Yet with almost palpable excitement, the Palo Alto city staff and consultants Monday night presented the concept as if placing four office buildings over 100 feet tall, including one at 161 feet, and adding some 260,000 square feet of office space was a no-brainer.
The dichotomy stems from the unusual applicant, or "patron" as the city staff report describes him, and the generosity encompassed in his plan.
Long-time Palo Alto resident John Arrillaga, who became a billionaire through his ownership and development of office parks in Silicon Valley, is not your typical developer.
He is best known locally for his extraordinary support of Stanford University, his alma mater, through donating funds for new buildings and then personally overseeing their construction. He is widely recognized as the person most responsible for funding and building the athletic facilities that have made the Stanford athletic program the top-ranked in the nation, including the infamous reconstruction of Stanford Stadium.
He has a strong vision for good design, construction and landscaping and has a low tolerance for bureaucracy and obstacles to getting things done.
When working in support of Stanford, Arrillaga is used to working out of the public view and getting his way. Today's Stanford campus has been forever shaped by his philanthropy and determination to achieve his personal goals for building design and landscaping even when not fully shared by the school's powers that be. Such is the influence of cherished major donors.
Arrillaga's concept for what is being called 27 University Ave. is both intriguing and concerning, in part because the philanthropic aspects are so unusual and in part because the size of the office buildings are completely out of scale for this city.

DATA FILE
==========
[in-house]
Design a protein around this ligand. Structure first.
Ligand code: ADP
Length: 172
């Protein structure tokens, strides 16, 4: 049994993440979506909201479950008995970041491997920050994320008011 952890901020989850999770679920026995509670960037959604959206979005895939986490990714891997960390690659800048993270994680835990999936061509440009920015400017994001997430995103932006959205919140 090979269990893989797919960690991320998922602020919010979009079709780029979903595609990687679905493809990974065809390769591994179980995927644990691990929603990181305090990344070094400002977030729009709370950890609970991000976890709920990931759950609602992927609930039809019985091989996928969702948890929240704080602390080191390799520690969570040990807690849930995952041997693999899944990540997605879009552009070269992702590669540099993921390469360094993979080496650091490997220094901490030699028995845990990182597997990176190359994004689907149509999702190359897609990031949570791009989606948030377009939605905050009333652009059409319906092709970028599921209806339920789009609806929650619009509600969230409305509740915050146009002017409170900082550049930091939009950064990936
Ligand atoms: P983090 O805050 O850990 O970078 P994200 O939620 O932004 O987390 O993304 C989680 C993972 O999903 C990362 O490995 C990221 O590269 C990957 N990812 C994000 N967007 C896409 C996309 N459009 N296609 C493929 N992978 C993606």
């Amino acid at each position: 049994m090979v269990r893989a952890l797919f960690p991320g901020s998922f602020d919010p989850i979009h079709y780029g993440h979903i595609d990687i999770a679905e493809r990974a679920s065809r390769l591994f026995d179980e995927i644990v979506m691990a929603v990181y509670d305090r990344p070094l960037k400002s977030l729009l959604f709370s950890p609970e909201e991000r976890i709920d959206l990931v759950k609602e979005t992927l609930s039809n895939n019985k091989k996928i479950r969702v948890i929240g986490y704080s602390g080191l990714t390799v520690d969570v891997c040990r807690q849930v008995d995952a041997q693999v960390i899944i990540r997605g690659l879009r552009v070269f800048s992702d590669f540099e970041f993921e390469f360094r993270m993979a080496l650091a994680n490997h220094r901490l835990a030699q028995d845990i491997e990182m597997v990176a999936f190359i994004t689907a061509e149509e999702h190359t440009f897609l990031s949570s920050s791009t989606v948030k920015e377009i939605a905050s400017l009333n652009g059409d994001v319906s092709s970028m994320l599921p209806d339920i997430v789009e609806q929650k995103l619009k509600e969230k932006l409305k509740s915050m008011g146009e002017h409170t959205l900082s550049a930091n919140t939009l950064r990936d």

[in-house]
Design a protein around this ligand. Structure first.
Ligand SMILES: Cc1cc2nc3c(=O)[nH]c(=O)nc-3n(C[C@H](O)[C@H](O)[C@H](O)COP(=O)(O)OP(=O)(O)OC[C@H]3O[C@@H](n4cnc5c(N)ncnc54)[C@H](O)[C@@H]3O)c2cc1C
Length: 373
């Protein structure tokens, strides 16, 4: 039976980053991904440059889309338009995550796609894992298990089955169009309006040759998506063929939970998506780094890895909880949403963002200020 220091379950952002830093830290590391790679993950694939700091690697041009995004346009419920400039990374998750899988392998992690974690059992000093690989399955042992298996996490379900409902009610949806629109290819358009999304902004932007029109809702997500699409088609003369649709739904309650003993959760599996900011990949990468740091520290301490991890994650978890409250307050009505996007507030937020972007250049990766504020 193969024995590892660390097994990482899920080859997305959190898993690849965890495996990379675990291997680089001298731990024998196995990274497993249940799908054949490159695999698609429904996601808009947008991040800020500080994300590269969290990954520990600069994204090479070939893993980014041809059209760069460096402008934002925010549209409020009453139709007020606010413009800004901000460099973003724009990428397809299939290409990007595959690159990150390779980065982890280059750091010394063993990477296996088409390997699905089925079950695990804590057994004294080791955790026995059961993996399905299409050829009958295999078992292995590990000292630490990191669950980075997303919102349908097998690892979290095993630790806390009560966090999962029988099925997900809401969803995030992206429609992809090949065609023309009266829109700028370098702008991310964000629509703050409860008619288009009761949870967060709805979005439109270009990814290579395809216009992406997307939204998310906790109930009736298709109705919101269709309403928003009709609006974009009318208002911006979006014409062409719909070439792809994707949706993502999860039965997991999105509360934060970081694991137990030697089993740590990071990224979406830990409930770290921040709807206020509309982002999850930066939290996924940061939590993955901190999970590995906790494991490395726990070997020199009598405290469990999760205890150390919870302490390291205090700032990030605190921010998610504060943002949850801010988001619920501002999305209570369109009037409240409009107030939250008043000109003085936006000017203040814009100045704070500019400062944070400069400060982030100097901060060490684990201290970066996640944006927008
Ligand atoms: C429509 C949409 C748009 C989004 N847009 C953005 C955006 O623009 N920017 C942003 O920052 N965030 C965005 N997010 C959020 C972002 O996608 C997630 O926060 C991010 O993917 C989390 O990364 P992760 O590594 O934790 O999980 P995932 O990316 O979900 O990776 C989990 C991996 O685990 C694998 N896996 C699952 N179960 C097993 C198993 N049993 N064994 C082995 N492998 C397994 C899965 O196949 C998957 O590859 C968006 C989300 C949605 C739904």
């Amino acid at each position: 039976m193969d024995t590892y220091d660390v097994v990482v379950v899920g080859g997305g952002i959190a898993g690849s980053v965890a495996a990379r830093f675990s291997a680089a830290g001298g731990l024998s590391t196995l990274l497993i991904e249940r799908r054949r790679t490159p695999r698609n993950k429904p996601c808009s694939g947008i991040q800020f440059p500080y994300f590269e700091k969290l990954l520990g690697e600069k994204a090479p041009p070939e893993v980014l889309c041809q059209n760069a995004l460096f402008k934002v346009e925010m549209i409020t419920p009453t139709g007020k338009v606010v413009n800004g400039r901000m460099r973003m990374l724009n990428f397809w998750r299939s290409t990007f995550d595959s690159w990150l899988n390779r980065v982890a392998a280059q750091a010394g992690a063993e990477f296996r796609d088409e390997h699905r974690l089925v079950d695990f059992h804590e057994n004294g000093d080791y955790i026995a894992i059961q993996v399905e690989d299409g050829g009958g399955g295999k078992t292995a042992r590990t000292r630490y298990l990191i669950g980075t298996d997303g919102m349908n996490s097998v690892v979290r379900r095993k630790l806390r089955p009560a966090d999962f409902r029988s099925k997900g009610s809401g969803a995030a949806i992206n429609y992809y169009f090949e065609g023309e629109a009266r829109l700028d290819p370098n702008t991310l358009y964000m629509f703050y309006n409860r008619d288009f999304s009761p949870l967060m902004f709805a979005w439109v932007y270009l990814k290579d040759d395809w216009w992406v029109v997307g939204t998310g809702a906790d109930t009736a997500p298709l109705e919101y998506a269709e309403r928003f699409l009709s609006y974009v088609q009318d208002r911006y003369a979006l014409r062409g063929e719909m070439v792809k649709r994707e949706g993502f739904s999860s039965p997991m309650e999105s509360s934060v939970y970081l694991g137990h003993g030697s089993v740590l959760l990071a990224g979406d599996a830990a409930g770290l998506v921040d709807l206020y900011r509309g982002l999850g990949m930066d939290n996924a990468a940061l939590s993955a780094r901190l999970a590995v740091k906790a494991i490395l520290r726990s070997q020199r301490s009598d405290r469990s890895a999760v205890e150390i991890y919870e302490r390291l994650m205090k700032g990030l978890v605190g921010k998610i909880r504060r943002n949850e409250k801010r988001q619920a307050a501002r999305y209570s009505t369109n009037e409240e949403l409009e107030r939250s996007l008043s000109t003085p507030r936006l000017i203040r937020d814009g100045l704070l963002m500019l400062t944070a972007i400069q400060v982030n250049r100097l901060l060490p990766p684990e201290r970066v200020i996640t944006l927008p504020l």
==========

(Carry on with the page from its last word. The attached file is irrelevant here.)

Apart from the pure size of the project, a unique aspect is that Arrillaga is planning on donating the completed office buildings to Stanford, which already owns the land. The concept is that Stanford would then have a permanent revenue stream from the top-of-the-line tenants in the buildings.
The donation aspect raises a number of questions, including whether the city would handle the proposal any differently if the university itself were the developer. And should the fact that Arrillaga is not making any profit on the development matter to City Council members in considering the merits of the project?
Unlike so many so-called public benefits that have been accepted in exchange for granting increased development rights, the ones this proposal offers are real. Arrillaga proposes to completely re-do the transit center and roadways, create an attractive and functional pedestrian and bike connection between downtown and the Stanford Shopping Center, build the shell for a professional theater complex and create a vibrant hub of retail and pedestrian activity in an area that doesn't reflect the character of today's downtown.
But the public process is off to a rocky start.
The public was inexcusably given just four days to absorb a long staff report prior to Monday's meeting, a breach of the policy goal of providing at least 10 days' notice before meetings on major and complex projects.
Seemingly mesmerized by the enormity of the proposal and the opportunity to work as a partner with the developer in creating the project, the city staff has done the public and the City Council a disservice in prematurely giving up its role as impartial professional adviser. The staff report reads more like a sales pitch than a careful articulation of the challenging policy issues posed by the proposal and the very significant traffic problems that come with a development of this size.
As we await critical traffic studies, the council should resist staff's attempts to rush this project forward and should not try to meet the timetable for a March public vote. Taking this project to the voters prematurely and without the full impacts clearly identified will ensure its defeat.